only other way seems to be to make a cup shaped spacer in between the rod and fork by the trans. There is only .030?? gap where its fully disengaged, my one gripe about this thing.
Should be buttery smooth....even took a brand new trans apart thinking it had a synchro issue. Not.

Wait wouldnt spacing the slave from the firewall do the opposite? Heard there is a spacer or shim that can be put behind the flywheel not to sure if thats safe or not. Opinions?
My car is a 96 LT4. This is from an email to Bill Bourdeau, aka ZFdoc, for which Bill replied "Nice effort to visualize physical goings on of the clutch hydraulic system"

"I now understand how the clutch pedal arm / clutch master cylinder work:

(1) the clutch pedal spring rotates the pedal arm towards the driver;

(2) The clutch pedal is pinned to the clutch master cylinder rod and the rod is pulled outwards toward the driver until a shoulder on the rod end inside the master cylinder hits a retainer on the (driver side) end of the clutch master cylinder;

(3) the operating piston is kept in contact with the master cylinder rod by a spring at the forward end of the master cylinder bore pushing the operating piston rearward into the operating rod.

The effective stroke of the piston is determined by how far the clutch pedal can be pressed down; normally the pedal travel is stopped by the floor /rug. Thinning the spacer between the clutch master cylinder and the firewall moves the clutch pedal up and away from the floor /rug, increasing the distance the operating piston in the clutch can travel with an increase in the volume of fluid displaced and available to operate the slave cylinder.

When I mocked up the whole assembly on a work bench, I found:

(4) The piston in the master cylinder has a maximum available travel of 39 mm

(5) with the oem spacer, maximum travel of the operating piston was only 16 mm.

(6) with no spacer at all, the maximum travel of the operating piston was 30 mm.

In the car, I found that a spacer approximately one half the thickness of the oem spacer yielded the best results; This had an added benefit of bringing the clutch pedal even to the brake pedal. Bill recommends a throw out bearing travel of 0.290" - 0.315"; is yours anywhere near that? My ZF with a SPEC clutch and all new throwout bearing, clutch fork and stud and slave cylinder measured out at 0.190" to 0.210" with the oem spacer and with the aforementioned half thickness spacer 0.285"; I honestly can't say why, but the clutch in my car works way better with DOT 5 silicon based fluid; others have reported similar results.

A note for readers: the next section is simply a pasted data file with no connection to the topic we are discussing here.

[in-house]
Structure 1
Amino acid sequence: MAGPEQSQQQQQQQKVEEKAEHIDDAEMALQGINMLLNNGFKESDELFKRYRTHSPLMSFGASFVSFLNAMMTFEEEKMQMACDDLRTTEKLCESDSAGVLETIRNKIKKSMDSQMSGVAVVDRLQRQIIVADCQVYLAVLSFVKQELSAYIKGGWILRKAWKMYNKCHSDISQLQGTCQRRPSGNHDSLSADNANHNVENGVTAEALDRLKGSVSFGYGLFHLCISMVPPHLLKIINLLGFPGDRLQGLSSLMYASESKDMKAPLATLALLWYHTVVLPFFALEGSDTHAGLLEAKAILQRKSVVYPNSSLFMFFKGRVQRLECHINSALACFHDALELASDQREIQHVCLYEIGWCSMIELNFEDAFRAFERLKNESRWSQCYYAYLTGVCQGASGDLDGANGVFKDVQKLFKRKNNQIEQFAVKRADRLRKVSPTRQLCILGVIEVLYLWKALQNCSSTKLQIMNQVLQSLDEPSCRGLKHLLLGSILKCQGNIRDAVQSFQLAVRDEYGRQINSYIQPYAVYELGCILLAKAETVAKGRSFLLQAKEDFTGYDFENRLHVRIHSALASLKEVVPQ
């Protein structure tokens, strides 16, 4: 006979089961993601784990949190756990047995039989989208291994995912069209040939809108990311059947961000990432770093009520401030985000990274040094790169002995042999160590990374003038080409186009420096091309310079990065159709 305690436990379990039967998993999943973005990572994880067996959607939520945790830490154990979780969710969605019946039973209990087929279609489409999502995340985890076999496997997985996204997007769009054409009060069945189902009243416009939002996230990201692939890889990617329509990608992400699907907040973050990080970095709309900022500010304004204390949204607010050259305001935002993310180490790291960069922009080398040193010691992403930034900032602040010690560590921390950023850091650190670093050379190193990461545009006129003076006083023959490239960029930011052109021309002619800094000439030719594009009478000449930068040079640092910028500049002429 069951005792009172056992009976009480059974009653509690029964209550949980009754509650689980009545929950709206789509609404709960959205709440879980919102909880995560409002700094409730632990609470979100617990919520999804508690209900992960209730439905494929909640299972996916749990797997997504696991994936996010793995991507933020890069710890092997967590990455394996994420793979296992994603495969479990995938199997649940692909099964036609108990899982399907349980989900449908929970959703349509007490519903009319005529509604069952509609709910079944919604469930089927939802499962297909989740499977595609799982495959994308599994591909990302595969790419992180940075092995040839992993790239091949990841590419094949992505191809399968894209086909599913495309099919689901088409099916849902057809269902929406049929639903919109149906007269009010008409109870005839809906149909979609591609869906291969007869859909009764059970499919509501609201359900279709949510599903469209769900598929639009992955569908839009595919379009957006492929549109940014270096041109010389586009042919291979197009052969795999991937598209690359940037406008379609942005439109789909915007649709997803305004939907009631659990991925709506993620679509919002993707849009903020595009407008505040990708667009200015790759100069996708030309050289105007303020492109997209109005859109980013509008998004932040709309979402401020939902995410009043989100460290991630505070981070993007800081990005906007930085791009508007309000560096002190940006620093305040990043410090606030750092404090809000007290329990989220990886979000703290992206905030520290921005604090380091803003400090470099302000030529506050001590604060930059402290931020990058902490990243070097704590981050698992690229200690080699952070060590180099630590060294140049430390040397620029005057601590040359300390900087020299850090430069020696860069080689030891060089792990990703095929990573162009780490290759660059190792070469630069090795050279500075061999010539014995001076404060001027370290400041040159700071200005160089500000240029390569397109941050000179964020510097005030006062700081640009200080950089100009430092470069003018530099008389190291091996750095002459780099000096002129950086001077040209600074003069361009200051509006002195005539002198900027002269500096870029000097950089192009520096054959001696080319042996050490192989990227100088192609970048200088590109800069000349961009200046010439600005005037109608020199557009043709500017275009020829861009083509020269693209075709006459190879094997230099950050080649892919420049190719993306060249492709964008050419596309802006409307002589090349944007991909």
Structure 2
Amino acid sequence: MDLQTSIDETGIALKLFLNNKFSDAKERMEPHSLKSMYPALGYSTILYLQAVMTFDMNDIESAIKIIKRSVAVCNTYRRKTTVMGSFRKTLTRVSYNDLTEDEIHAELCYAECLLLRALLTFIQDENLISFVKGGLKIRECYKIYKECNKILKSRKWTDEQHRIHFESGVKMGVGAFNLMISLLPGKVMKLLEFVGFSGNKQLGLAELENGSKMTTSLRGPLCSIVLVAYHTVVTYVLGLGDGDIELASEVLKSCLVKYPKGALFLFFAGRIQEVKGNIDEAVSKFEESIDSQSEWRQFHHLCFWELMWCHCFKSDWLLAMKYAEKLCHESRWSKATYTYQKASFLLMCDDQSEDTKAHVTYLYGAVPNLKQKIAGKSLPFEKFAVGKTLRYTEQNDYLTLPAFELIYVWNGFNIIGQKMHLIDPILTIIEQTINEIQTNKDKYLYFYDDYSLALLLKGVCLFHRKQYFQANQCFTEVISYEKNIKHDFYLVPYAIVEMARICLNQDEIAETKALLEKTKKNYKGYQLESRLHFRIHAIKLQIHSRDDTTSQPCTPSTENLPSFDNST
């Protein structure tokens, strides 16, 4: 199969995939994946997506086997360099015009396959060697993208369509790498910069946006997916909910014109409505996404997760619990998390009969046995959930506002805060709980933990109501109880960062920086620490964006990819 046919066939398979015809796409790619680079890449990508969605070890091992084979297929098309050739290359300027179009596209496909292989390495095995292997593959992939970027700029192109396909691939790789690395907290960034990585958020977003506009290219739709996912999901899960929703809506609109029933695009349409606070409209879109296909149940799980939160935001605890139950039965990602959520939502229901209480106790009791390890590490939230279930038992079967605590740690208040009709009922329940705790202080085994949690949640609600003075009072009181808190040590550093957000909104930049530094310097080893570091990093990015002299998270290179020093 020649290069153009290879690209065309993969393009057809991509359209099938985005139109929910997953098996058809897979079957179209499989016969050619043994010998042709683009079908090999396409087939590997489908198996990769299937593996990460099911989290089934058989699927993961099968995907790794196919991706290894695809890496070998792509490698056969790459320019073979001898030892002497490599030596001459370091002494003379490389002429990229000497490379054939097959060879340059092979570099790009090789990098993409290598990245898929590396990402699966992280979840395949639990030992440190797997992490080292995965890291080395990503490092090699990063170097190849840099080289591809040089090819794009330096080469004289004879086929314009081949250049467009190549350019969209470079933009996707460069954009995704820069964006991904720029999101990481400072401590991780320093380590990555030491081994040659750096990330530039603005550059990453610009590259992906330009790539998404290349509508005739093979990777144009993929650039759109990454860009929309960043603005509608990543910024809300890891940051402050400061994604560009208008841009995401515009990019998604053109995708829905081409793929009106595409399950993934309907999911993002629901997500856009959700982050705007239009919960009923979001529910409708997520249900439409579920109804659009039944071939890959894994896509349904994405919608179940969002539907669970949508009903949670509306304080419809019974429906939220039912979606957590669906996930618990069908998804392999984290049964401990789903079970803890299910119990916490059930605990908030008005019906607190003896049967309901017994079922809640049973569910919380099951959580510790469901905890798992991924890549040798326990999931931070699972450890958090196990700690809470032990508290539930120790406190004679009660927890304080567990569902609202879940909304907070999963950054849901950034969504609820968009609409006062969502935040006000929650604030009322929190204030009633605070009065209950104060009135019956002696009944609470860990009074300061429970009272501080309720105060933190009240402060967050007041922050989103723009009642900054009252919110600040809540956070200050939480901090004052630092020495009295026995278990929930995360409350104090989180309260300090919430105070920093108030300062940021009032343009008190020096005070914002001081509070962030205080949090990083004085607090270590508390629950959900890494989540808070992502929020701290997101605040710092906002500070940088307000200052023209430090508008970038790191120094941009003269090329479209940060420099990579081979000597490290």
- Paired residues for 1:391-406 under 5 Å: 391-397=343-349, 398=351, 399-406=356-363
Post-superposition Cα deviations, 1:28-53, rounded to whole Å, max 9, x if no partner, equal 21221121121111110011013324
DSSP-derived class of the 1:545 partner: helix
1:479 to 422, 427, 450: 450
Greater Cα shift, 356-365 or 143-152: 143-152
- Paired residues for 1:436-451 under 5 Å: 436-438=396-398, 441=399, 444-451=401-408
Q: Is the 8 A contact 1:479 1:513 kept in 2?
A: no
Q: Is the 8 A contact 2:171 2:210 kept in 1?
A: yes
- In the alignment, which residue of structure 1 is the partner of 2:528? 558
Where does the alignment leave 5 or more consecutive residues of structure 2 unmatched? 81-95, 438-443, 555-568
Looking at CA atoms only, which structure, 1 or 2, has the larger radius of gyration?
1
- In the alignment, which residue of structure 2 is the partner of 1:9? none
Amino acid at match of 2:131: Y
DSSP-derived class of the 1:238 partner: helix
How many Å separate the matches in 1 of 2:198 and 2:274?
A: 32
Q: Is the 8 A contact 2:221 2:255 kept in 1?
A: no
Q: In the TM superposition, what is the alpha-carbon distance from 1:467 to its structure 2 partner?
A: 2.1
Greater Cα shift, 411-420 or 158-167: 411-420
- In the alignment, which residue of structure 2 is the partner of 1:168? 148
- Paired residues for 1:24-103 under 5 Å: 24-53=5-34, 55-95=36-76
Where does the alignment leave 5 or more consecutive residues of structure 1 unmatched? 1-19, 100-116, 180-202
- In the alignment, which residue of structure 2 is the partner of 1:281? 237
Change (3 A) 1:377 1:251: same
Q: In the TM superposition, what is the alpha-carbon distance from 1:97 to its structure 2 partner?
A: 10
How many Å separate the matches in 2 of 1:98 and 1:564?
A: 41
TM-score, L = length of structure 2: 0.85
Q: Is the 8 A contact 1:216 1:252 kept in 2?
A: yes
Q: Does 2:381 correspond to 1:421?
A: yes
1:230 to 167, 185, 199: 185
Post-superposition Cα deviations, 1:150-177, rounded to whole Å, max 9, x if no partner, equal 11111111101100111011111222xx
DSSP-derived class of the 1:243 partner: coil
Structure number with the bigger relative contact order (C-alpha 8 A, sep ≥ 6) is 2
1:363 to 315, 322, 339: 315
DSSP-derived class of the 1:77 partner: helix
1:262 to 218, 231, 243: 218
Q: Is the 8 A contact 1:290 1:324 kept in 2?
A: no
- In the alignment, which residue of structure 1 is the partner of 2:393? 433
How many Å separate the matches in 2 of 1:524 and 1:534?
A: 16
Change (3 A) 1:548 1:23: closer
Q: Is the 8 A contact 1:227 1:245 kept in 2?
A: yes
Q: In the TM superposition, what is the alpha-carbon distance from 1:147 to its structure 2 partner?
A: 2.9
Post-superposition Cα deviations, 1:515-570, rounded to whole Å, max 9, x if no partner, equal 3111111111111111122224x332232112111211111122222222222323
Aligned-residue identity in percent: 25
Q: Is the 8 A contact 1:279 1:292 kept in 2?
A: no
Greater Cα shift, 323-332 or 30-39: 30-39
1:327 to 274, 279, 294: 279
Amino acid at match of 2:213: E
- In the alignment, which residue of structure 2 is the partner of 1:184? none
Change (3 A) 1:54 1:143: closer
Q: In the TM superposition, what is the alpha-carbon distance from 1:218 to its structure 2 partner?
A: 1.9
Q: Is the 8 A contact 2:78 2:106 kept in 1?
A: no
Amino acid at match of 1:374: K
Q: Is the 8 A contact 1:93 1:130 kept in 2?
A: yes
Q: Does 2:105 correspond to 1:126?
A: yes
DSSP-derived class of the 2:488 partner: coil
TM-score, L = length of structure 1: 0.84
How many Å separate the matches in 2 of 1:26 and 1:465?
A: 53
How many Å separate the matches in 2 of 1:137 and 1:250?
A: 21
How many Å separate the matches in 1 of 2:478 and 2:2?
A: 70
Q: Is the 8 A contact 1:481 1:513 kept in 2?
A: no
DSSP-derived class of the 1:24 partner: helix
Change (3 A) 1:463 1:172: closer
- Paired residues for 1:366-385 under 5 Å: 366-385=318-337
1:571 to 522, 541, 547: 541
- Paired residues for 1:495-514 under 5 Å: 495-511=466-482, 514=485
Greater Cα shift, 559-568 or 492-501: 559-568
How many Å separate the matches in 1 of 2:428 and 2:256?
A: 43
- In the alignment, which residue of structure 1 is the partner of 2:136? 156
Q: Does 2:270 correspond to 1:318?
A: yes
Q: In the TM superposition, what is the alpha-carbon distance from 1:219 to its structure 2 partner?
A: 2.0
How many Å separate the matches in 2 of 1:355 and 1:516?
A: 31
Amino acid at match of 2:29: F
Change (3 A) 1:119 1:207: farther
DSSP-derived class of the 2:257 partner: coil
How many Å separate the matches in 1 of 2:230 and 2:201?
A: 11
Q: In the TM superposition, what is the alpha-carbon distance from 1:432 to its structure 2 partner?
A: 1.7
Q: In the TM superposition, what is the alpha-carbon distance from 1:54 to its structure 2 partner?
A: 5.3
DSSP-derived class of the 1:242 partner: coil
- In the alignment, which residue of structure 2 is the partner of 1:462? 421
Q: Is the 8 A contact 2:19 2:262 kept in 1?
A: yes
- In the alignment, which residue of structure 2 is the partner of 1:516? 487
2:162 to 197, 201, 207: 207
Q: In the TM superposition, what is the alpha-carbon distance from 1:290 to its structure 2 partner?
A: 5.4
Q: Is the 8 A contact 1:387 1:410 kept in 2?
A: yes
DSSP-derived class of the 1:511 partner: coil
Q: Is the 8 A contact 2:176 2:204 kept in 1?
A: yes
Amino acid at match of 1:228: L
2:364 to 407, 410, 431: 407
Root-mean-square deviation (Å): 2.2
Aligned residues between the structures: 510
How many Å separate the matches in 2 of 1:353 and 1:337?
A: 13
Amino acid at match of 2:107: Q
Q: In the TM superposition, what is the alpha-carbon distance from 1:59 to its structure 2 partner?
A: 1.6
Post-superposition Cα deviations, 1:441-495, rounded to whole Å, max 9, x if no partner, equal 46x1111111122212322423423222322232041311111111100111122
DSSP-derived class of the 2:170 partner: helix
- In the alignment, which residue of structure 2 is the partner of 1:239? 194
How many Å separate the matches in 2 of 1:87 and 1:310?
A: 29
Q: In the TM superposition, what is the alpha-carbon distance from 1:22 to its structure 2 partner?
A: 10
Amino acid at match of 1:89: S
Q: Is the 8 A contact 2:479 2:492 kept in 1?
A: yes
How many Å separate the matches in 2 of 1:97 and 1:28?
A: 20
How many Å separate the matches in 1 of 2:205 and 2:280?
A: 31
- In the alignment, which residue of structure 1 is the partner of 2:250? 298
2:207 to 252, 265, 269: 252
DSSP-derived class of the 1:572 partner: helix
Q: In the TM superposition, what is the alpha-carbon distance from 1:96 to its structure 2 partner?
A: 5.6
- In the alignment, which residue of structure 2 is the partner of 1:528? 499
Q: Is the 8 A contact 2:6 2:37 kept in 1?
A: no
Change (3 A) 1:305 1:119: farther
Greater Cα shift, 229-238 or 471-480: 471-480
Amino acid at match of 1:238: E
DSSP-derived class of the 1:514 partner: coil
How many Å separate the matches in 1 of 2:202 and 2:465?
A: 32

Hope this helps; MT

Last edited by mtwoolford; 04-13-2019 at 06:59 PM.
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Old 04-13-2019, 07:09 PM
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Interesting and thanks. I can now solve a sometimes notchy feeling trans without overextending/blowing the slave...done that a few times.Sure is a fine line between engaging/not and blowing the darn thing. Firewall flex may play part too...back on topic.
Thanks again
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Old 04-13-2019, 07:31 PM
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Kevova
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Stock 400 sbc is external balanced. Flywheel options maybe limited. You will also need correct balancer. 400 also uses larger diameter main bearings. If you go with aftermarket internal balance crank might as stroke it to a 421-434.

Last edited by Kevova; 04-13-2019 at 07:32 PM.
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Old 04-13-2019, 09:14 PM
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my son was born in 1994 and this happened before he was born. back when i got pretty serious about racing my 89 6-speed, i bought a gm 4-bolt main block which accommodated the factory roller lifters and 1-piece rear seal. then i bought an aftermarket 2-piece steel crank and used this in the gm block but did not use the 1-piece adapter. then i purchased a mcleod twin disk clutch with their aluminum flywheel and hydraulic t-o bearing. we set up the t-o bearing similar to what the c5 and c6 guys do for travel and clearance. never had any issues and i pretty well beat the snot out of it and it came back for more.
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Old 04-14-2019, 11:58 AM
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Tom400CFI
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Originally Posted by Kevova View Post
Stock 400 sbc is external balanced. Flywheel options maybe limited.
Easy fix; take the FW to a machine shop w/a 400 flex plate for reference. Have them machine OFF metal from the opposite side (of the counter weight) until the balance matches the flex plate.
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Old 04-14-2019, 01:41 PM
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Originally Posted by Tom400CFI View Post
Easy fix; take the FW to a machine shop w/a 400 flex plate for reference. Have them machine OFF metal from the opposite side (of the counter weight) until the balance matches the flex plate.
just my opinion, but I always try to balance the entire rotating assembly, pistons, rods, crank, flywheel, as a unit, especially when a bunch of non oem pieces are going together.

More specifically, with flywheels and the ZF trans, assuming the balance issues are dealt with, the issue with the pull type clutch used in conjunction with the ZF was that the ZF clutch sat too far to the rear, so and early cure to replacing the oem dual mass flywheel specific to the ZF with a one piece flywheel (usually from a F body) before aftermarket flywheels became available, was to take an oem one piece flywheel and machine off 0.095" from its face. I think this could be one possible way of adapting a flywheel meant to go on a two piece rear crank shaft to the ZF trans / clutch.